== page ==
What is Electricity?

Today’s scientific question is: What in the world is electricity? And where does it go after it leaves the toaster?
Here is a simple experiment that will teach you an important electrical lesson: on a cold dry day, scuff your feet along the carpet, then reach your hand into a friend’s mouth and touch one of his fillings. Did you notice how your friend twitched violently and cried out in pain? Did he bite off your finger? This teaches us two things: one is that electricity can be a very powerful force (but we must never use it to hurt others, unless they deserve it) and the second is that electricity can hurt us, as experienced when your friend bit your finger.
It also teaches us how an electrical circuit works. When you scuffed your feet, you picked up batches of “electrons,” which are very tiny objects that carpet manufacturers weave into carpet so that they will attract dirt (this makes sense when you realize that the carpet companies own the vacuum cleaner industry). These electrons travel through your bloodstream and collect in your fingers, where they form a spark that leaps to your friend’s filling, which then travel down to his feet and back into the carpet, thus completing the circuit. CAUTION: Do not perform this experiment on your pet cat!
AMAZING ELECTRONIC FACT: If you scuffed your feet on carpeting long enough without touching anything, you would build up so many electrons that your finger would explode! There is however, nothing to worry about unless you have carpeting.
Although we as a modern society tend to take our electric lights, radios, blenders, etc. for granted, hundreds of years ago people did not have any these things, which is just as well because there was no place to plug them in. Then along came the first electrical pioneer, Benjamin Franklin, who flew a kite in a lightning storm and received a serious electrical shock. This proved that lightning is powered by the same force as carpets. Unfortunately, the experiment also damaged Franklin’s brain so severely that he started speaking in incomprehensible maxims, such as, “A penny saved is a penny earned.” Eventually he was given a job running the post office.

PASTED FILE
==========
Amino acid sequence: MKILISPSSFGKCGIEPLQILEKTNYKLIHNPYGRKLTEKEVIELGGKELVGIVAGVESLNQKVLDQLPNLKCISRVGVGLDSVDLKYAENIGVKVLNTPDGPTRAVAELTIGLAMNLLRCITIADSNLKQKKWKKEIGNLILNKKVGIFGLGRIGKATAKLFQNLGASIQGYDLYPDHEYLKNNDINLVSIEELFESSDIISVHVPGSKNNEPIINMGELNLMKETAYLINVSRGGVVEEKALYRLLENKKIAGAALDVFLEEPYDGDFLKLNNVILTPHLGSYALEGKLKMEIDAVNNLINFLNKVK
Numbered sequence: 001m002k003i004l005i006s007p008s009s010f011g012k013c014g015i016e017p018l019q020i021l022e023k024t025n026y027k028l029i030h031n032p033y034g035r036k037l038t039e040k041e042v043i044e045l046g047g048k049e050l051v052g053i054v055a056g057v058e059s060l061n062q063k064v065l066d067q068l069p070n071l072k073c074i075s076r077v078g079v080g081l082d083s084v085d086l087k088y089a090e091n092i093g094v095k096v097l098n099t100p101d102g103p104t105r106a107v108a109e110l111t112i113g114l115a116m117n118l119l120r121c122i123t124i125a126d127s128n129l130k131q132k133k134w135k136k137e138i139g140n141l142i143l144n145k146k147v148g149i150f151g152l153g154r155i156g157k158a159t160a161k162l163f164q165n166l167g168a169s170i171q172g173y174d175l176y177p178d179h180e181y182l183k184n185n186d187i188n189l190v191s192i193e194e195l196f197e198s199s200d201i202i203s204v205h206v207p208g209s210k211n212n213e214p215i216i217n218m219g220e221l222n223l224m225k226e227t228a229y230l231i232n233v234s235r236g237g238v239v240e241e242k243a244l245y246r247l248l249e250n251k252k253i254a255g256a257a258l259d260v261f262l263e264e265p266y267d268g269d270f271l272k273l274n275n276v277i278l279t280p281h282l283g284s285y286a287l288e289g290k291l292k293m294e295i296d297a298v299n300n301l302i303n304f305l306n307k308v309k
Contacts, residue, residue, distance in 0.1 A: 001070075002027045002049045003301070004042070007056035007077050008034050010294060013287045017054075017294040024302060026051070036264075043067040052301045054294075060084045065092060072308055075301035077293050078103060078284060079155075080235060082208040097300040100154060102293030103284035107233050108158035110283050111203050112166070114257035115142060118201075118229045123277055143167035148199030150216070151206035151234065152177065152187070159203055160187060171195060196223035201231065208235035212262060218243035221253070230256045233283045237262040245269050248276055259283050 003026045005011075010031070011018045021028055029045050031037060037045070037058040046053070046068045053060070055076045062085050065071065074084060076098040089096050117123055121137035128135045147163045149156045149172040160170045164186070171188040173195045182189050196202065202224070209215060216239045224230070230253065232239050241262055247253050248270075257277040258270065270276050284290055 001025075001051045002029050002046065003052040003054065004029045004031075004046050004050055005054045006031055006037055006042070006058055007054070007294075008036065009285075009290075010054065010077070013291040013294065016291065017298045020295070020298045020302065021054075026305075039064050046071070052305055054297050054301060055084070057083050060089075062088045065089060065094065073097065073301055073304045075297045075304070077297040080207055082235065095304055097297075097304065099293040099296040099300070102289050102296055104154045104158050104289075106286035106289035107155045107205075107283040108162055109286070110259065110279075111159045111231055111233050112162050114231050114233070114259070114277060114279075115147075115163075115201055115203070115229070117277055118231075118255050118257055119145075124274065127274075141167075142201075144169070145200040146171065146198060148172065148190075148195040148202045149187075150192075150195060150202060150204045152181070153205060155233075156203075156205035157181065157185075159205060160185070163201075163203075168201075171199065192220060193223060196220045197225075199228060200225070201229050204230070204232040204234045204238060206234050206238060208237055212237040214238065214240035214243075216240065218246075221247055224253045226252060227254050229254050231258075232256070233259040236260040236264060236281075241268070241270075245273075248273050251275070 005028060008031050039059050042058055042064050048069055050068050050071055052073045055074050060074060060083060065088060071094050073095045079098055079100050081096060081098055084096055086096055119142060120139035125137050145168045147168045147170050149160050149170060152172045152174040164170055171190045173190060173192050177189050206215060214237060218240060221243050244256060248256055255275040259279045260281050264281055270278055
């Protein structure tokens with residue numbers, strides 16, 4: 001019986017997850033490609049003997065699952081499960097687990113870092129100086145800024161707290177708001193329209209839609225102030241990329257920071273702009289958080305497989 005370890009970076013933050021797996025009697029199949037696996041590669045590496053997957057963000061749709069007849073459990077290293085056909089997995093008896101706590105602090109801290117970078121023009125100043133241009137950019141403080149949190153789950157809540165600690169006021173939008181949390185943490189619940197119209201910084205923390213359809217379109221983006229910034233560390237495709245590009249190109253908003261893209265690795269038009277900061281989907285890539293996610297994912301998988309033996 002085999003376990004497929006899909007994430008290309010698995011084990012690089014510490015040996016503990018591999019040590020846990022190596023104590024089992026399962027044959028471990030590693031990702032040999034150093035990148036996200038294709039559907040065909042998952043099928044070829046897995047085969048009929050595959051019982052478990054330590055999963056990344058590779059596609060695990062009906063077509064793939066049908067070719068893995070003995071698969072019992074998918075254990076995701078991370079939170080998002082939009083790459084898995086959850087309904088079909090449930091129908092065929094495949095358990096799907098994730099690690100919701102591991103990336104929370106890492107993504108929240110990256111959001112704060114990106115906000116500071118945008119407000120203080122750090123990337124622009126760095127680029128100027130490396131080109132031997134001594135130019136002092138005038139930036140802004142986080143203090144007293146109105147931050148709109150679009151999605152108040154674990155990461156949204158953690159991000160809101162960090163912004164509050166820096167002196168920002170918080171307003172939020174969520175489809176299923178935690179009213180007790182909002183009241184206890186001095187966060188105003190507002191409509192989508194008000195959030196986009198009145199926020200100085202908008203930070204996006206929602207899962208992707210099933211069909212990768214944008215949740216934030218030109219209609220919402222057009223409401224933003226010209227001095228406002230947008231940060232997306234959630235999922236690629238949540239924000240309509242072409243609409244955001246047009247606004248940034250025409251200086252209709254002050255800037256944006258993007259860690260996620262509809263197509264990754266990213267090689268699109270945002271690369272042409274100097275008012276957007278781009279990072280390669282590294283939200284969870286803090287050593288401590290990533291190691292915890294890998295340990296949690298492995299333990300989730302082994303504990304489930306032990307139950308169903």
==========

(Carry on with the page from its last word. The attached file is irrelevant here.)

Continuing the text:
After Franklin came a herd of Electrical Pioneers whose names have become part of our electrical terminology: Charles Coulomb, George Ohm, Myron Volt, Mary Louis Amp, James Watt, Joe Transformer, etc. These pioneers researched theories and conducted many important electrical experiments. Among them, Galvani discovered (this is the truth) that when he attached two different kinds of metal to the leg of a frog, an electrical current developed and the frog’s leg kicked, even though he wasn’t on carpet. Galvani’s discovery led to enormous advances in the field of amphibian medicine.
The greatest electrical pioneer of them all was Thomas Edison, who was a brilliant inventor despite the fact that he had little formal education and lived in New Jersey. Edison’s first major invention in 1877 was the phonograph, which soon found its way into thousands of American homes, where it basically sat until 1923, when the record was invented. Edison’s greatest achievement came in 1879 when he invented the electric company. Edison’s design was a brilliant adaptation of the simple electrical circuit: the electric company sends electricity through a wire to a customer, then immediately gets the electricity back through another wire, then (this is the brilliant part) sends it right back to the customer again.
This means that an electric company can sell a customer the same batch of electricity thousands of times a day and never get caught, since very few customers take the time to examine their electricity closely. This has resulted in tremendous profits for the electric companies. If Californians ever figure this out, I suspect that there will be another bloody revolution. You may be surprised to learn that the last time any new electricity was generated was in 1964 for a Beatles concert.
Today, thanks to many men like Edison, Franklin, and Galvani’s frog, we receive almost unlimited benefits from electricity. For example, in the past decades, scientists have developed and refined the laser, an electronic device so powerful that it can vaporize an enemy tank 2000 yards away, yet so precise that doctors can use it to perform delicate operations on the human eyeball. They simply have to remember to change the power setting from “tank” to “eyeball.”

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